1968 Triumph Bonneville Voltage Regulator Upgrade


| 2/13/2018 12:00:00 AM


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Making sure your charging system is working to full capacity is important on a number of fronts. To begin with, there's the simple issue of generating enough voltage to keep your lights bright. This is particularly important on vintage bikes, which generally have low-capacity charging systems and run low-output headlights, which tend to be dim even with full voltage. And even if your lights are off, there's the issue of generating enough voltage for proper ignition. If you own a decades-old British twin, chances are good you've already ditched the stock ignition points for electronic ignition, a highly recommended upgrade to ensure steady, reliable firing of the spark plugs. However, some electronic ignitions are very sensitive to voltage supply, dropping completely out of circuit if the voltage drops below a certain range. Boyer electronic ignitions, for example, will drop out below 10 volts.

On Sixties and Seventies British bikes, the original Lucas charging system can be prone to failure. By the mid-Sixties, most British motorcycles were using Lucas charging systems with Lucas' silicone diode rectifier for AC to DC voltage conversion and a Lucas zener diode for voltage regulation. Although relatively simple components, after 40-50 years of vibration and exposure, the voltage regulator and rectifier are ripe for replacement. The original-style components are still readily available, but there are better products on the market that deliver superior performance and reliability, like the Podtronics voltage regulator/rectifier we recently installed on Tech Q&A man Keith Fellenstein's 1968 Triumph T120R Bonneville.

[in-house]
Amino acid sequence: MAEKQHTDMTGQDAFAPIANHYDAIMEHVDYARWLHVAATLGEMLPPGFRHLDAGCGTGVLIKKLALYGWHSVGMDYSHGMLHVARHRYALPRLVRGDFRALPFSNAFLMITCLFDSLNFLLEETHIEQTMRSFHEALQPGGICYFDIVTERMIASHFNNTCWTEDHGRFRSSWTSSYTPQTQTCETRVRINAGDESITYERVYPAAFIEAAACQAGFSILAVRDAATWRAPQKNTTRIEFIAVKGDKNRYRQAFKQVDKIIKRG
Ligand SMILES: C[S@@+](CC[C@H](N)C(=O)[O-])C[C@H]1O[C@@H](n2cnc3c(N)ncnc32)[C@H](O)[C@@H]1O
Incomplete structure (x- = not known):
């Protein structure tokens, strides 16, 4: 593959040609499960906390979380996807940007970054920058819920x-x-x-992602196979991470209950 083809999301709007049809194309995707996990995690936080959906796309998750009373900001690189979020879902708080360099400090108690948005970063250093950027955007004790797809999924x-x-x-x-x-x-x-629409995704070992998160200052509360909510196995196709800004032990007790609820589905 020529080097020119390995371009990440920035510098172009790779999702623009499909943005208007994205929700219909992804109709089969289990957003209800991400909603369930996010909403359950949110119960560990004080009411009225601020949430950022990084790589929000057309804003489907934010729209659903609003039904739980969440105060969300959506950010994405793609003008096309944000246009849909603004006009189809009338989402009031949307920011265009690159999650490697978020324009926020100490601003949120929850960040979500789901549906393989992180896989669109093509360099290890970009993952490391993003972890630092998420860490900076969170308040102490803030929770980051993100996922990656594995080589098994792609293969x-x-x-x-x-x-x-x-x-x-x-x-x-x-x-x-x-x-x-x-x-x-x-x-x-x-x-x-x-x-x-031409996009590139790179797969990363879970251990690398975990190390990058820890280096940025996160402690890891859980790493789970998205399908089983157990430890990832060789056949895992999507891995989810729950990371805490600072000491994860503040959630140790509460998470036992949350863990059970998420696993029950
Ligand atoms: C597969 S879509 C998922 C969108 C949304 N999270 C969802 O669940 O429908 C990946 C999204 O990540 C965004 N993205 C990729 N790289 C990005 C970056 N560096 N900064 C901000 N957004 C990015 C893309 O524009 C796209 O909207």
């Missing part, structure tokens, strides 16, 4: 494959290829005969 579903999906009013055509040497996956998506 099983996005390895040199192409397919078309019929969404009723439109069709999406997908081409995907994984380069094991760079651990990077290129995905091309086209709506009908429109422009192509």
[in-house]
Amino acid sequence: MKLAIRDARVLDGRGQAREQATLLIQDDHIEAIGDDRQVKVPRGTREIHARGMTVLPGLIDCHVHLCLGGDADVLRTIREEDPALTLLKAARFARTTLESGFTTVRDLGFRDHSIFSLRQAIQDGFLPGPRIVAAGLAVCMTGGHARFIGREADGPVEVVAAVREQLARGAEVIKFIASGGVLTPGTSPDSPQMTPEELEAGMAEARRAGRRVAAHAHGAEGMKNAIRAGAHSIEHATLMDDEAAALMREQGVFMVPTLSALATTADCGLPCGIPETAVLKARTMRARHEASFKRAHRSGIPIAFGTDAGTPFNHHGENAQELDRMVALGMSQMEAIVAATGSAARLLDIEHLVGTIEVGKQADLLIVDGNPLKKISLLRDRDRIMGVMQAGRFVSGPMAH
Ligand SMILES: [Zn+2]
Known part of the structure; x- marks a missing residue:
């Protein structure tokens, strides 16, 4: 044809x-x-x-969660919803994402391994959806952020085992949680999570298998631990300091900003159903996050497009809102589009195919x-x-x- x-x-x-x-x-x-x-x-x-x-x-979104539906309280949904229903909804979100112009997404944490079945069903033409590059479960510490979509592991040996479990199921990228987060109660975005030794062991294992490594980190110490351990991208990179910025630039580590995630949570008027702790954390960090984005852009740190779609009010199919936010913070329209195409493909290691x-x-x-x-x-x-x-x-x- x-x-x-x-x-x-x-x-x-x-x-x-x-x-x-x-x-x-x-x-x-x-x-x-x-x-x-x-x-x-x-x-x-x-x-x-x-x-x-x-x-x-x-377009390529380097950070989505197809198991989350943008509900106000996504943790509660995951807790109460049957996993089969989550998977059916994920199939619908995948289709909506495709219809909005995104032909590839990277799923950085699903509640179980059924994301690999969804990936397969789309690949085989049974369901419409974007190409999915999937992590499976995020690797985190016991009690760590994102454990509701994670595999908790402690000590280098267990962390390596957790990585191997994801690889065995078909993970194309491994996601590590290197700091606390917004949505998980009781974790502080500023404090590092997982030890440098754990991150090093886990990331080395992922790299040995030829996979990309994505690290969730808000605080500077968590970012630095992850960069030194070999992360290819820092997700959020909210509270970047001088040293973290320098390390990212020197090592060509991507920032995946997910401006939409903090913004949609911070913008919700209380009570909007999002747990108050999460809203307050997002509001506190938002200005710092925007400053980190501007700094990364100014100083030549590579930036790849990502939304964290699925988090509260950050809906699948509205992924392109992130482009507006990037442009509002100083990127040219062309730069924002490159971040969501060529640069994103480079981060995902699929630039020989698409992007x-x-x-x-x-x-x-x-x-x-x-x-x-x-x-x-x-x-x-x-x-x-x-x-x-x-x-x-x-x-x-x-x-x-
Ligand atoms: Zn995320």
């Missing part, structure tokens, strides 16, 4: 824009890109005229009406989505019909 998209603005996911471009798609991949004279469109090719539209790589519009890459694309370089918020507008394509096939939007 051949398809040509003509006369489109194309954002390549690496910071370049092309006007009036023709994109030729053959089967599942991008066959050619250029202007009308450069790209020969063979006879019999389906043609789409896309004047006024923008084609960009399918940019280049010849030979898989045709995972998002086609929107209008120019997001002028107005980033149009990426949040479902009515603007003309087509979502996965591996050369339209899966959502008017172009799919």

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Keith's Bonneville didn't have any particular charging issues, but with a fresh Pazon electronic ignition upgrade, and wanting also to convert to 12-volt negative ground from positive ground, Keith considered it a good move. Adding to the appeal, it's also a relatively cheap and easy conversion. The Podtronics unit was $57 (before shipping), and while we did opt to clip off what became redundant ground lines from the old rectifier to the battery and frame, had we wanted to, we didn't have to make any permanent changes to the original wiring. Keith's bike already had a replacement wiring harness, so we didn't feel bad about altering it in any way as it's not original.



We also like this upgrade because A) it delivers superior performance over stock and B) the only way anyone will know the charging system has been changed is if they lift the seat and see the new Podtronics unit in place of the original Lucas silicone rectifier. On 1968 and up through the mid-Seventies Triumphs the Lucas regulator (the zener diode) is housed in a large, finned aluminum heat sink attached to the bottom of the lower fork yoke. You can leave it in place to preserve your bike's original looks, as we did, or remove it. For the conversion, we isolated the wiring to the zener diode and then tucked it into the headlamp shell.

Michael
4/5/2018 8:21:56 AM

Good article. The original Lucas rectifier is a selenium design. Simply replacing that with a silicon bridge is a vast improvement. I did that on my 1965 6T, and several vintage Hondas. MB Mpls




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